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Table 1.
Conceptual framework for learning about race, by race.
White Students (Helms, 1990)Students of Color (Cross & Vandiver, 2001)
1. Contact
Unaware of own race and little to no concept of racism 
1. Pre-encounter
Internalization of racist messages (personal significance unrealized) 
2. Disintegration
Aware of racism and uncomfortable with this topic 
2. Encounter
Coping mechanisms vary 
3. Reintegration
Victim blaming used to cope 
3. Immersion/emersion
Desire to be with members of own race and to learn more about African and African American experience 
4. Pseudo-independent
Pull between feeling that change must happen and confronting one's own discomfort 
4. Internalization
Reframe internalized messages with positive self-image of one's race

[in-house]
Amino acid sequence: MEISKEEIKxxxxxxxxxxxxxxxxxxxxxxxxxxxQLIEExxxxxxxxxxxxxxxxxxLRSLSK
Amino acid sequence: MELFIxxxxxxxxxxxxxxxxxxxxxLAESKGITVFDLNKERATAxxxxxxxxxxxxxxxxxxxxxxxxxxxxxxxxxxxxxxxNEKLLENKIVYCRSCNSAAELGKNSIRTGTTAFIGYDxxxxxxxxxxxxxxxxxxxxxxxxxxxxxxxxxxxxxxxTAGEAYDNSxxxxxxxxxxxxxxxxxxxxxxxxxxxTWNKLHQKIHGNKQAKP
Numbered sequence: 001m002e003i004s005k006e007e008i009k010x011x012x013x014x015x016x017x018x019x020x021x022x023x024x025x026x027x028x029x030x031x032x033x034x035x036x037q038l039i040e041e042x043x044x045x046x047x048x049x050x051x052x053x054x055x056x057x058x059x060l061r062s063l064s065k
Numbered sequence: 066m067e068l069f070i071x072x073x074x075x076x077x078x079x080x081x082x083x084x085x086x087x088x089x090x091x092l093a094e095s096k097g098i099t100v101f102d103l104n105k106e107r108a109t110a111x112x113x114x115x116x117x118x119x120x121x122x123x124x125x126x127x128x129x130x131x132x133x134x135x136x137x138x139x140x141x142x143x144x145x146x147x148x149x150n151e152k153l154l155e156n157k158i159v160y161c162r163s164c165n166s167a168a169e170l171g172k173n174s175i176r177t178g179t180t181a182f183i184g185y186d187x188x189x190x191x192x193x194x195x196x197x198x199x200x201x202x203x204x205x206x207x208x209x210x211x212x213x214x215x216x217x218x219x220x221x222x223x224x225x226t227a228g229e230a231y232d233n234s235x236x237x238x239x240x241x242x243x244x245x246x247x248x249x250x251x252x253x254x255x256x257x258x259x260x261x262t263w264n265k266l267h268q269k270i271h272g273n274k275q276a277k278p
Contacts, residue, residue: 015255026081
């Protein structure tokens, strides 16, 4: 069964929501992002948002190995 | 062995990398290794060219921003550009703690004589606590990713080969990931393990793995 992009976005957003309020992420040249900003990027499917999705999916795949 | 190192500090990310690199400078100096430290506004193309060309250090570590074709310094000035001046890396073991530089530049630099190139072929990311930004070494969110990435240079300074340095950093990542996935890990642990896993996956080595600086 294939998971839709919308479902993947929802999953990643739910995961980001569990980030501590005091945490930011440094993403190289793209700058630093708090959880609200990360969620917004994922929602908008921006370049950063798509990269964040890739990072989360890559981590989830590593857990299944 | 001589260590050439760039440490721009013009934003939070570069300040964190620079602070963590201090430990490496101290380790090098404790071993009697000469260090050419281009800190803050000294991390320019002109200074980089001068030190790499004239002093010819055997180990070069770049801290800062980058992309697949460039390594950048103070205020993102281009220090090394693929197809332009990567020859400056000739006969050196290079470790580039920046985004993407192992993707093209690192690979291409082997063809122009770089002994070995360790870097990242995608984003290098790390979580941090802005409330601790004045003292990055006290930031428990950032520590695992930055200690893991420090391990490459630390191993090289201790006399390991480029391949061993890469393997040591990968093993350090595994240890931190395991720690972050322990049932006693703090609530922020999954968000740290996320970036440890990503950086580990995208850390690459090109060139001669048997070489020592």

5. Immersion/Emersion
Seek out white role models who typify “anti-racist” stance 
5. Commitment
Commitment to solving problems faced by one's race 
6. Autonomy
Comfort in multicultural settings, positive association with change 
 
White Students (Helms, 1990)Students of Color (Cross & Vandiver, 2001)
1. Contact
Unaware of own race and little to no concept of racism 
1. Pre-encounter
Internalization of racist messages (personal significance unrealized) 
2. Disintegration
Aware of racism and uncomfortable with this topic 
2. Encounter
Coping mechanisms vary 
3. Reintegration
Victim blaming used to cope 
3. Immersion/emersion
Desire to be with members of own race and to learn more about African and African American experience 
4. Pseudo-independent
Pull between feeling that change must happen and confronting one's own discomfort 
4. Internalization
Reframe internalized messages with positive self-image of one's race 
5. Immersion/Emersion
Seek out white role models who typify “anti-racist” stance 
5. Commitment
Commitment to solving problems faced by one's race 
6. Autonomy
Comfort in multicultural settings, positive association with change 
 
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